If you're planning for a race with elevation gains, but live at sea level, a treadmill is a great way to simulate that.
If you're planning for a race with elevation gains, but live at sea level, a treadmill is a great way to simulate that. (Photo: webphotographeer/iStock)
In Stride

3 Ways the Treadmill Will Make You a Better Runner

Don’t ditch it entirely when the weather gets nice. That human conveyor belt still deserves a spot in your training regimen.

If you're planning for a race with elevation gains, but live at sea level, a treadmill is a great way to simulate that.
Sarah Barker

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Seventy and sunny, the snow is finally gone—buh-bye treadmill, right? Not so fast, Bambi. The fast tread to nowhere still has a place in your training schedule. Yes, get out there and enjoy the unpredictable outdoors, but once a week—maybe once every two weeks—let your inner control freak take over and hit the treadmill. Bonus: you’ll probably have the gym to yourself.

Elite runner turned coach, Antonio Vega, did the majority of his Minnesota winter training on the treadmill, but doesn’t completely ditch the treadmill in nice weather. (How elite? He ran a 2:13 at the 2010 Boston Marathon and won the 2010 U.S. Half Marathon Championship.) Part of the raison d’être for the treadmill is that it controls every detail—pace, temperature, incline, precipitation, footing—so it allows you to isolate and work on one specific aspect of your next race.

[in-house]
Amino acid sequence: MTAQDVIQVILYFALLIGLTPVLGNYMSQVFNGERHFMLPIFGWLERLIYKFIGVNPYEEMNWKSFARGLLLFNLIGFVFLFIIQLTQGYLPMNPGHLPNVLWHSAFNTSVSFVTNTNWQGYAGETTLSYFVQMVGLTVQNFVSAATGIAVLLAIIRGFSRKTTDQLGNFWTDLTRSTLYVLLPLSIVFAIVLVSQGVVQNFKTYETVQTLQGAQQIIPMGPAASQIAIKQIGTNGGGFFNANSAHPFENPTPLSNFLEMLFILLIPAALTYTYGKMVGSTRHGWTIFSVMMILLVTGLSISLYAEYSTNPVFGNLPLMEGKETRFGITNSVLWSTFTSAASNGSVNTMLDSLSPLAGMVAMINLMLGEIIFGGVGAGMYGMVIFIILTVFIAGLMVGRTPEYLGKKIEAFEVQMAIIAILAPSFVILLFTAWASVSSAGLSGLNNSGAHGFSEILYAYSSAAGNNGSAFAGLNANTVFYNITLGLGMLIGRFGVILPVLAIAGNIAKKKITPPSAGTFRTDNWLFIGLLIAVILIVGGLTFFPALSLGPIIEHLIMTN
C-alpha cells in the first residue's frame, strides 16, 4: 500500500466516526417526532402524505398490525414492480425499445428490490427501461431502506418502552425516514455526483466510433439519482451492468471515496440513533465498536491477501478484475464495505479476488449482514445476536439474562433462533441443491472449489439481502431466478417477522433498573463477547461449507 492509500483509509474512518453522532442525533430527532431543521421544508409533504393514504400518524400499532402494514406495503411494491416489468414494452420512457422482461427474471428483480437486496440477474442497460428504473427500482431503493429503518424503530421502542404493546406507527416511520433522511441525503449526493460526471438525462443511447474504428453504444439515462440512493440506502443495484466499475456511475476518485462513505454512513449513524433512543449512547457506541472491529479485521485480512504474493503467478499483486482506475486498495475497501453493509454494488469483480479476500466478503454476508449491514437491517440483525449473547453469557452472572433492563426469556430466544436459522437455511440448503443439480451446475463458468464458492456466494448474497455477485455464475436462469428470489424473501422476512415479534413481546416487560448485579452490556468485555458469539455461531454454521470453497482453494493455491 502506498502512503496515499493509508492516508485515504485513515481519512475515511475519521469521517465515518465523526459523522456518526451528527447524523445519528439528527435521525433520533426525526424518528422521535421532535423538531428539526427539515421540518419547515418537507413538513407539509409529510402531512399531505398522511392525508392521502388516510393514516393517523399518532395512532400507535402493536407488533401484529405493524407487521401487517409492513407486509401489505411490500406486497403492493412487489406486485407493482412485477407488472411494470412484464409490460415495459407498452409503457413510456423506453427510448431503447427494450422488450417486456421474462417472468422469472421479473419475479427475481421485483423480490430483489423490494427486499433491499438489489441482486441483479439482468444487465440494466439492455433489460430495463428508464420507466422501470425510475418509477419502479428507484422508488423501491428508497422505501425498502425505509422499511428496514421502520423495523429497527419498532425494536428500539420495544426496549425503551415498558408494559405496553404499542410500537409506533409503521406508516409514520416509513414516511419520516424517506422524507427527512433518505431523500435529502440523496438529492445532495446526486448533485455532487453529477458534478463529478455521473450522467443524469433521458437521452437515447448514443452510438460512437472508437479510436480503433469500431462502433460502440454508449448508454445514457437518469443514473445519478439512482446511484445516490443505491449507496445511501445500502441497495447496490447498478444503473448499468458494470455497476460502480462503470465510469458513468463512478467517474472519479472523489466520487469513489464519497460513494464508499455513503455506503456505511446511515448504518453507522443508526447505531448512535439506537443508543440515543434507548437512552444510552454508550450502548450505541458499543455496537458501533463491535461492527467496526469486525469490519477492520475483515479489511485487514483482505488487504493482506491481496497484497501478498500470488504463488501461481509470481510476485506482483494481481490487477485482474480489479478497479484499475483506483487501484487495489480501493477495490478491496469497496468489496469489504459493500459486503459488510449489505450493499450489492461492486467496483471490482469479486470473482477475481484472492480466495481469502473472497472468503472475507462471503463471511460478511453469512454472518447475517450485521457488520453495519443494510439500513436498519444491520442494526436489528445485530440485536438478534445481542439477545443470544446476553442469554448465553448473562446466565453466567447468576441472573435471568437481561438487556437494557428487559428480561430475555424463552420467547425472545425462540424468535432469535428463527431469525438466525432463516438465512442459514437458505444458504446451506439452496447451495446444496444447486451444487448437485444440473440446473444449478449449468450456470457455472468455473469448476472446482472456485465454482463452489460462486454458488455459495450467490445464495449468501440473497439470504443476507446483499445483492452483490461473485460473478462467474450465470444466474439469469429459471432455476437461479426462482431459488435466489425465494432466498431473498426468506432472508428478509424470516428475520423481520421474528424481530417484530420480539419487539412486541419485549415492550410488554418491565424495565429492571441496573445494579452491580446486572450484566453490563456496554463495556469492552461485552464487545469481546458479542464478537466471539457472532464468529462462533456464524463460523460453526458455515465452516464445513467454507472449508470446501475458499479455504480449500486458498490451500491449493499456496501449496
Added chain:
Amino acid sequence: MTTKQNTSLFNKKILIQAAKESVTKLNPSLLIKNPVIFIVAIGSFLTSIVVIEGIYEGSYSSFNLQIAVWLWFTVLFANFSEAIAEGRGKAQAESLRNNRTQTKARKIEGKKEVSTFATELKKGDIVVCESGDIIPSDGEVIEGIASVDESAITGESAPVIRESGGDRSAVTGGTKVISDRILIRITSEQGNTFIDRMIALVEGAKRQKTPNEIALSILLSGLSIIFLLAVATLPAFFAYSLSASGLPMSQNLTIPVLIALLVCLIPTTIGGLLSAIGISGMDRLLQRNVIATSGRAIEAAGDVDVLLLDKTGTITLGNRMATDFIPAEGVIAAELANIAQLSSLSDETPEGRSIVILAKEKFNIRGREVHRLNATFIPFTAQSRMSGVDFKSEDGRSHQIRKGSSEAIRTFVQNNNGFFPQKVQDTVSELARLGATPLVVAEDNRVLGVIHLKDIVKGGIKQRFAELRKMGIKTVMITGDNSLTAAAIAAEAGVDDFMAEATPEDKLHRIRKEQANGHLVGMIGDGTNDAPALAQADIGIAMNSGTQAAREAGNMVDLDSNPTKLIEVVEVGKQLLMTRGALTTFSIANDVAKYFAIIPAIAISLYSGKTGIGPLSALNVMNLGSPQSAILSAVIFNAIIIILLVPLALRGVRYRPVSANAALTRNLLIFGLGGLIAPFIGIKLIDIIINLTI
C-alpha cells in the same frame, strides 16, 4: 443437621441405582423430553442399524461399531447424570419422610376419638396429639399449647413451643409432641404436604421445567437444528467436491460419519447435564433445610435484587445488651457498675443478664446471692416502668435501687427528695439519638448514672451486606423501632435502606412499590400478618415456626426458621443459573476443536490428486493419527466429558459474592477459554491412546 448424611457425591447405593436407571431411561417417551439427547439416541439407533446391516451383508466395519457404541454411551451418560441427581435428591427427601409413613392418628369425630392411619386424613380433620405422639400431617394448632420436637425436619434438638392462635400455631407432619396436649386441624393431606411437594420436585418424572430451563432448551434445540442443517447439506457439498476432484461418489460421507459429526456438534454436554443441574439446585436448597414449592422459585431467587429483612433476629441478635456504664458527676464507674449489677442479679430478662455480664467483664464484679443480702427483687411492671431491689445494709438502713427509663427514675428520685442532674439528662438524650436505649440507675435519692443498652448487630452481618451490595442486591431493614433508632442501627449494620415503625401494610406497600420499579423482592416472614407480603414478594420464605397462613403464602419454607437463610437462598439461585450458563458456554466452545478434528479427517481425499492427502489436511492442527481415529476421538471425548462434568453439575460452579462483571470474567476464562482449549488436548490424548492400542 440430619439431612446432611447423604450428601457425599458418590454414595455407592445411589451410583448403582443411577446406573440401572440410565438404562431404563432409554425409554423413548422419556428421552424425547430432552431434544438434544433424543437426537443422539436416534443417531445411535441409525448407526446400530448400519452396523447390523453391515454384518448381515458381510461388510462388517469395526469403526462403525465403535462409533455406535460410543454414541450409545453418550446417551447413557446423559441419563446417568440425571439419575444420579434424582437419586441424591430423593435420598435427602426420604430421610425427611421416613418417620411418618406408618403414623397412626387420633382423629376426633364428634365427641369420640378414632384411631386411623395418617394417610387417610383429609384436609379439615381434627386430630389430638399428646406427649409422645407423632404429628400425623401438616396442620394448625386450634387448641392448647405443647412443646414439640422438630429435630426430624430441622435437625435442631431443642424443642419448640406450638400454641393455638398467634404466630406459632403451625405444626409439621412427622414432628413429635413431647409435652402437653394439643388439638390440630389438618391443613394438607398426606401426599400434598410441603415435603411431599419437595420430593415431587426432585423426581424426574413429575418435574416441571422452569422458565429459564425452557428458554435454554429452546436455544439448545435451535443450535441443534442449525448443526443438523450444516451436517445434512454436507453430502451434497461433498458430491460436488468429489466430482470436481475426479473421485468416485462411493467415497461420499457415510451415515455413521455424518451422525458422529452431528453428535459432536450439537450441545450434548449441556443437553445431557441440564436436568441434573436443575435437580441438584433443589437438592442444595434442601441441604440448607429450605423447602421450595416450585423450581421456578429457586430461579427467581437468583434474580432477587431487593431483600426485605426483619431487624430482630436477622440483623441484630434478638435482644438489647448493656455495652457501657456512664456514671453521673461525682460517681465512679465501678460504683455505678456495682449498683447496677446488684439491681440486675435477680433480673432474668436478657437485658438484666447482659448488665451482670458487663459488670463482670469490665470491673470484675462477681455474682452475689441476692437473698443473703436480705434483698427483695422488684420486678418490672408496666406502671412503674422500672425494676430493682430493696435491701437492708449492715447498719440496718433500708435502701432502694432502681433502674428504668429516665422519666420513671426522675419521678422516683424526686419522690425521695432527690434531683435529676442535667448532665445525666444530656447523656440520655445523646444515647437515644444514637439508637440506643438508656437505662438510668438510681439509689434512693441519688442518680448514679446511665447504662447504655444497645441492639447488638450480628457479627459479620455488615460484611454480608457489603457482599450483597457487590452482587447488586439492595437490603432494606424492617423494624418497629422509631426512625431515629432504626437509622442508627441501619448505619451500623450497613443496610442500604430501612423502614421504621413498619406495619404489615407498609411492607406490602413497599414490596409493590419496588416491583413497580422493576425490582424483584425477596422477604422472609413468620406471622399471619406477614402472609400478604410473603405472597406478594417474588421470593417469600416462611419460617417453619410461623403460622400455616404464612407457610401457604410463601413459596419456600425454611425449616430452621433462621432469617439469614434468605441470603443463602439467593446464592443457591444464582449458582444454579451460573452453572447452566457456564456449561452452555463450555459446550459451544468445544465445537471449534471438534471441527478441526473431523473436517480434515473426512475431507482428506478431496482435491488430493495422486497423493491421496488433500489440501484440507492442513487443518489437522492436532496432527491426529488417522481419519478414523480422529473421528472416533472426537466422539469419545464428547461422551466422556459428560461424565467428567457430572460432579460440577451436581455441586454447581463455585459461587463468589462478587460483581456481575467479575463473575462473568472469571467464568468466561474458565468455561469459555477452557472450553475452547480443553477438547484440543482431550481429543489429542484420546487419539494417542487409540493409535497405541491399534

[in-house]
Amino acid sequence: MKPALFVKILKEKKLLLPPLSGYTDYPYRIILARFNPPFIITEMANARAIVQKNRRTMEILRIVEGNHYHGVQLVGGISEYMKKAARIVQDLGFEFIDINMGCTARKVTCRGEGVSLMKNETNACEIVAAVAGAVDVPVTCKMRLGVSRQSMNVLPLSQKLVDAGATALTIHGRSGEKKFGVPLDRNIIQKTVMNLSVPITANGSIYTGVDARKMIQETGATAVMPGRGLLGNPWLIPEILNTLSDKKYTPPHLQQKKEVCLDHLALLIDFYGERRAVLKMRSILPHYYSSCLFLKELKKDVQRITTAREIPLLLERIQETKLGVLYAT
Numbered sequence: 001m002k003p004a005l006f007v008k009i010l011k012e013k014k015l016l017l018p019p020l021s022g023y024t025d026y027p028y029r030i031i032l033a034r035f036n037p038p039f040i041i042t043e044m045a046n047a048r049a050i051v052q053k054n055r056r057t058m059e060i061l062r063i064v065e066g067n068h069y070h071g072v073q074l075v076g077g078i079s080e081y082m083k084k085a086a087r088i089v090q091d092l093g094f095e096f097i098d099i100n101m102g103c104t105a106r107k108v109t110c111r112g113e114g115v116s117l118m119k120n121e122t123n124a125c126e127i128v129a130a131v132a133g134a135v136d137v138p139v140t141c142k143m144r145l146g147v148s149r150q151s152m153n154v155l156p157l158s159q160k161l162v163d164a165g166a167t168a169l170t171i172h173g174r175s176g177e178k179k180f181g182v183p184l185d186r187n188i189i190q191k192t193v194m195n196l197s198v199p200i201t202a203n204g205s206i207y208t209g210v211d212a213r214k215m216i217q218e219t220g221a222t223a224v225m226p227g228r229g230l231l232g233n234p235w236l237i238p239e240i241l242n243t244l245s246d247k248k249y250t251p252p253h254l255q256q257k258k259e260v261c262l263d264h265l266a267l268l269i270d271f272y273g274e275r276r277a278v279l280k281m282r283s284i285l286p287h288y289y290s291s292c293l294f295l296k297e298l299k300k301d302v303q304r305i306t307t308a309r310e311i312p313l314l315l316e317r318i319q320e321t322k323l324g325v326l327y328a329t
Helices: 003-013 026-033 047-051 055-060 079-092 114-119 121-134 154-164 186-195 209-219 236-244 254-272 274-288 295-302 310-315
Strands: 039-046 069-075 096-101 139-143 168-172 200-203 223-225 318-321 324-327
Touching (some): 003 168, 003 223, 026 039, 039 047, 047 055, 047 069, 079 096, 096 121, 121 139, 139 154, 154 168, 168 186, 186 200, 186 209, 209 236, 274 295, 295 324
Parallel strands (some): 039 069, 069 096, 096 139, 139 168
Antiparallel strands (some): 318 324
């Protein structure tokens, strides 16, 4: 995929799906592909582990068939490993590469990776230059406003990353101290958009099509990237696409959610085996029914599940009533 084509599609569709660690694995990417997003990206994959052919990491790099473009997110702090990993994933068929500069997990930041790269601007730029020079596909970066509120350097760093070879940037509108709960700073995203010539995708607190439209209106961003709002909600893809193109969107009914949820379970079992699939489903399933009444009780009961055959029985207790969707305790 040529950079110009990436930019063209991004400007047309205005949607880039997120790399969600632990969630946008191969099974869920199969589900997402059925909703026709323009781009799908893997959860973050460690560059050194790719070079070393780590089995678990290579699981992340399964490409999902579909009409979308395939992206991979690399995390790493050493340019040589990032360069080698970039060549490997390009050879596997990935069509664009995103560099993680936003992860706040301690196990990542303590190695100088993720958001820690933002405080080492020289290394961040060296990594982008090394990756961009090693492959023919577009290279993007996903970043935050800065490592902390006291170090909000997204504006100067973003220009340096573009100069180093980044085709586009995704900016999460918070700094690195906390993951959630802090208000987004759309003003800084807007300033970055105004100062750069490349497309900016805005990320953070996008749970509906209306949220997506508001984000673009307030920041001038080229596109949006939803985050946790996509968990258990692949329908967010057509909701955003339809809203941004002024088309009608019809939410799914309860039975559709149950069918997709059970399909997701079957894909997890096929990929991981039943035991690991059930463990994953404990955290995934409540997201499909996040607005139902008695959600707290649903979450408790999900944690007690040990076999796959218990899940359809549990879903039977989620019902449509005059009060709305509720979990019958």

Course simulation is a great reason to run on the treadmill in the summer months,” said Vega.

So you’re signed up for a 50K trail race with 4,000 feet of elevation gain and loss, and you live in central Illinois?  Hello treadmill.  “I used to run on the treadmill with a course elevation map of my next race on the dashboard so I could change the incline to match the race course exactly,” said Vega.

Mile repeats are the staple of any distance training program, awful as they are. Not going to lie; this tip will not make them hurt less, but Vega points out, you can get an extra bang for your buck on the treadmill rather than at the track: “Runners forget running downhill is just as important as running up. I’d alternate the incline slightly on mile repeats, up and down.” 

Running up and downhill uses different muscles and makes the workout a bit more interesting, he said. And the treadmill is a forgiving surface, so that downhill should take less out of your joints than running it on the road. Here’s the mile repeat workout Vega recommends:

  • 1 mile warm-up
  • 4 x 1 mile at race pace alternating a mile at incline and a mile at decline with 1 minute recovery jog in between each mile
  • 1 mile cool down

Summer months serve as the training period for many fall marathons or ultras. As such, it’s helpful to practice drinking and eating on the fly, and a treadmill dashboard keeps a variety of fuel handy—fuel you're not sure you'd like to be stuck with out on a training run. 

If you’re gunning for a 50K, Vega suggests a 13-mile treadmill run at marathon goal pace with fluids taken every other mile, and gels or other nutrition on the schedule you plan to use during the race. (Going for a shorter distance? Practice your fueling the same way with a shorter treadmill run at or below goal pace.) You can practice hitting the moving target of your mouth, and can monitor exactly how your chosen fueling strategy is going to affect your dynamic digestive system. Heaven forbid there are problems, you’re not far from a decent bathroom. Plus one for the treadmill.

Lead Photo: webphotographeer/iStock